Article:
Under the EB-5 program, a foreign investor needs to invest at least $500,000 into an American business or project that will create at a minimum 10 jobs per investor. In exchange for the investment, the foreign national will receive temporary residency, and can eventually apply for permanent residency for their entire family. Chinese citizens are particularly interested in the program as a way to offset uncertainty about investing in Chinese businesses, as well as an opportunity to get their children into prestigious American universities.
The couple exploited the EB-5 visa program with the help of a family friend, raising money from more than 100 Chinese investors, including some who are wanted fugitives for bribery and other crimes. According to court documents, the couple allegedly submitted false plans to federal authorities for projects that did not exist. Records show that most of the money they received was returned to the investors after receiving visa approval, with a portion kept by Victoria Chan and her father to fuel their extravagant persona.
The couple skimmed so much money from their scheme that they were able to live luxurious lifestyles, including expensive cars, an upscale Los Angeles area office, and numerous multi-million-dollar homes.
Agents from the FBI and Homeland Security conducted raids at the homes and offices of the Chans, where they ran a business set up in 2008 under the EB-5 visa program. While the couple has yet to be arrested, investigators are poring over company records in the hopes of uncovering all of the financial transactions arranged by the company.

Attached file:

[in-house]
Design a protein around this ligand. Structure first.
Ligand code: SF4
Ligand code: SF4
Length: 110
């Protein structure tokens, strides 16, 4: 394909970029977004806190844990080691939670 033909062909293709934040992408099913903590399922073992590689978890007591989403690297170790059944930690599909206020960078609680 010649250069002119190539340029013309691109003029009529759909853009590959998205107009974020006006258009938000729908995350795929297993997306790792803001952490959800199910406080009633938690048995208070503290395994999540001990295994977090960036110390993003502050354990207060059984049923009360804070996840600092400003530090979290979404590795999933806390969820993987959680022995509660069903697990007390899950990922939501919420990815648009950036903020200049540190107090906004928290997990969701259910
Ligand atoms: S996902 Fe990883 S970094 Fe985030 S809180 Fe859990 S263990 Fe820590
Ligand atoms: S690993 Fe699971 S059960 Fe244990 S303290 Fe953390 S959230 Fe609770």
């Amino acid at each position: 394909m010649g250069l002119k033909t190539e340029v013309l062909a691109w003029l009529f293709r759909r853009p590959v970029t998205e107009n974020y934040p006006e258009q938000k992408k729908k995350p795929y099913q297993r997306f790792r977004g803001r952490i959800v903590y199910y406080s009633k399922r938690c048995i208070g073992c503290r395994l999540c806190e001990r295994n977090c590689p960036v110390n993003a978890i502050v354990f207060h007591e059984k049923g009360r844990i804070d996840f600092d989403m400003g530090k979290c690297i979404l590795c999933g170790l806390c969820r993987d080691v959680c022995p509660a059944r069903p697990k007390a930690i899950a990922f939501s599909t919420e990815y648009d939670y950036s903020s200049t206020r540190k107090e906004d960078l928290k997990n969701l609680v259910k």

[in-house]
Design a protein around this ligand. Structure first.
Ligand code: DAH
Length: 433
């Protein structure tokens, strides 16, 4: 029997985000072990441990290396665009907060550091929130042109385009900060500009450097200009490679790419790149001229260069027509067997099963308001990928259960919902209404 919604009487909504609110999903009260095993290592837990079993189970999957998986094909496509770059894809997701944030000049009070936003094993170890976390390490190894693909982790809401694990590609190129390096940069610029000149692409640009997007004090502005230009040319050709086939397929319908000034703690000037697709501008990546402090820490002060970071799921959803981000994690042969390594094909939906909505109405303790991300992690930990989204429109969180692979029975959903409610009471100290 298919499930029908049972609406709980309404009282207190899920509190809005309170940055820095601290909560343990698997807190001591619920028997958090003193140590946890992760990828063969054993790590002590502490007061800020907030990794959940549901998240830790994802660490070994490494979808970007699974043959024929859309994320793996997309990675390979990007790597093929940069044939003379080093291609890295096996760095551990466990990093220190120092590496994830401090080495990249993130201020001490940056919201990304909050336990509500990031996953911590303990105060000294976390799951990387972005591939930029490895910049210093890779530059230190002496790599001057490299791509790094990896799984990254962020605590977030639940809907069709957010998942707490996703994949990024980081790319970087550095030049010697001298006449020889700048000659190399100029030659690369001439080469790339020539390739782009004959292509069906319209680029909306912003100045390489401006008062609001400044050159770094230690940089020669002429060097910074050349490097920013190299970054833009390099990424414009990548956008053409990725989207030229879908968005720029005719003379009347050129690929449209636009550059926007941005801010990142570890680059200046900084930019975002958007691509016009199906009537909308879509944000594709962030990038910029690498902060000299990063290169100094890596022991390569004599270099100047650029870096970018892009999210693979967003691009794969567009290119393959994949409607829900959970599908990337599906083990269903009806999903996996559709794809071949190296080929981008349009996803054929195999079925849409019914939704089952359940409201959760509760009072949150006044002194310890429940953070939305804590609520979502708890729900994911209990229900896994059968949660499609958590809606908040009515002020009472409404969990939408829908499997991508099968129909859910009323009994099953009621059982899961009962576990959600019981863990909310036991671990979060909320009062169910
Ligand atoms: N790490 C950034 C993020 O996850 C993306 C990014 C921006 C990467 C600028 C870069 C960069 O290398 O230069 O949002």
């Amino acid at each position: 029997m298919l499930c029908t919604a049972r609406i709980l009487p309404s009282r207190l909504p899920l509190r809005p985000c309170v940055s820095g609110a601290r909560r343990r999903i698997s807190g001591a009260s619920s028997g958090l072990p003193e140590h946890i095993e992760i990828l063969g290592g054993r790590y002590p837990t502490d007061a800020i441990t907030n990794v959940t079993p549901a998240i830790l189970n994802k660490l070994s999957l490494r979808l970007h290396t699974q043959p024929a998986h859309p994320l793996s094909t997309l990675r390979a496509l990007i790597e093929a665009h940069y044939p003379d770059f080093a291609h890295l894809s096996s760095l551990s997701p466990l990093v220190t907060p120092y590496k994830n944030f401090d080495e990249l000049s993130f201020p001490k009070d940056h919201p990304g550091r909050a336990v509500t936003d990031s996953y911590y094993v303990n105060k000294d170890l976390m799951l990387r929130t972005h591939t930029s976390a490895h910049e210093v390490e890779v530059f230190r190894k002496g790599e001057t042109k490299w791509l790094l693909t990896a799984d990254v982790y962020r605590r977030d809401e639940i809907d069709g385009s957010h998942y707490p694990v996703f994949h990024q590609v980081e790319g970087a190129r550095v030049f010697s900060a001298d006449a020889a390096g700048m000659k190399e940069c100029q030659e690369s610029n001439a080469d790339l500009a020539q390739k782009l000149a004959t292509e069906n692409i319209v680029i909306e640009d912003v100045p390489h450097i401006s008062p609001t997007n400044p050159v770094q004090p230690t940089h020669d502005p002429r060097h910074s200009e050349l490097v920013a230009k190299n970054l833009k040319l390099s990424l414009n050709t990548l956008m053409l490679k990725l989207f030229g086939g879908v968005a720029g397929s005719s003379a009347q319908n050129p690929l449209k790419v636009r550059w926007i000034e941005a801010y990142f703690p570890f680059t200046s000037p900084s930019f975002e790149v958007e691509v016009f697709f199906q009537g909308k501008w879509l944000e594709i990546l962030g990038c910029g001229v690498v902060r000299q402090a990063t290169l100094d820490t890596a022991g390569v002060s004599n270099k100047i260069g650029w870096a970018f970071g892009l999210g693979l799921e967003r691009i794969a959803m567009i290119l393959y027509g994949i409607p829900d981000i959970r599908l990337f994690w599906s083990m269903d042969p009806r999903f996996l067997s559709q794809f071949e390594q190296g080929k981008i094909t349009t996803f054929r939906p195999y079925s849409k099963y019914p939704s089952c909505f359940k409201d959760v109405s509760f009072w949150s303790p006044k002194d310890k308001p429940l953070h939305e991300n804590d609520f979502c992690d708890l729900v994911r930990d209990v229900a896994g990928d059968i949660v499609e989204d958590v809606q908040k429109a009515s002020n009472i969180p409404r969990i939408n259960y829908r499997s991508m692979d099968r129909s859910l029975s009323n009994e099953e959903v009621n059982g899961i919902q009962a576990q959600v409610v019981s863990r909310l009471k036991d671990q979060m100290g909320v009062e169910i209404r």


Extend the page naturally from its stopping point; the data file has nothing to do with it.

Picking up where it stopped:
The small office of the Chans – the California Investment Immigration Fund – operated inside of the Hilton San Gabriel in the San Gabriel Valley area near Los Angeles. Signs on the outside of the office advertised the EB-5 investor program, along with other legal services including real estate investment, insurance, and school admissions.
Investigators have yet to determine if the investors were duped or if they were complicit in the scheme. With some of the purported investors on the Chinese government’s list of most-wanted fugitives, authorities have suspicions that much of the investment may not have been above board. Some of the investors apparently did not invest their own money but rather borrowed the capital from the Chans investment fund, allowing them to fraudulently obtain visas under the program.
The EB-5 program demands that each program participant invests his or her own funds.
The investigation took years to complete, and investigators allege that the Chans opened 72 bank accounts linked to their investment fund or the numerous holding companies related to it. Some of the money invested in the fund was used by the Chans to buy personal and business properties.
Investigators uncovered that most of the business properties – vacant lots – were never developed as claimed by the company. Agents discovered that around 30 of the investors received at least some of their money back, yet failed to inform authorities and continued to pursue legal permanent residence under authority of the EB-5 program.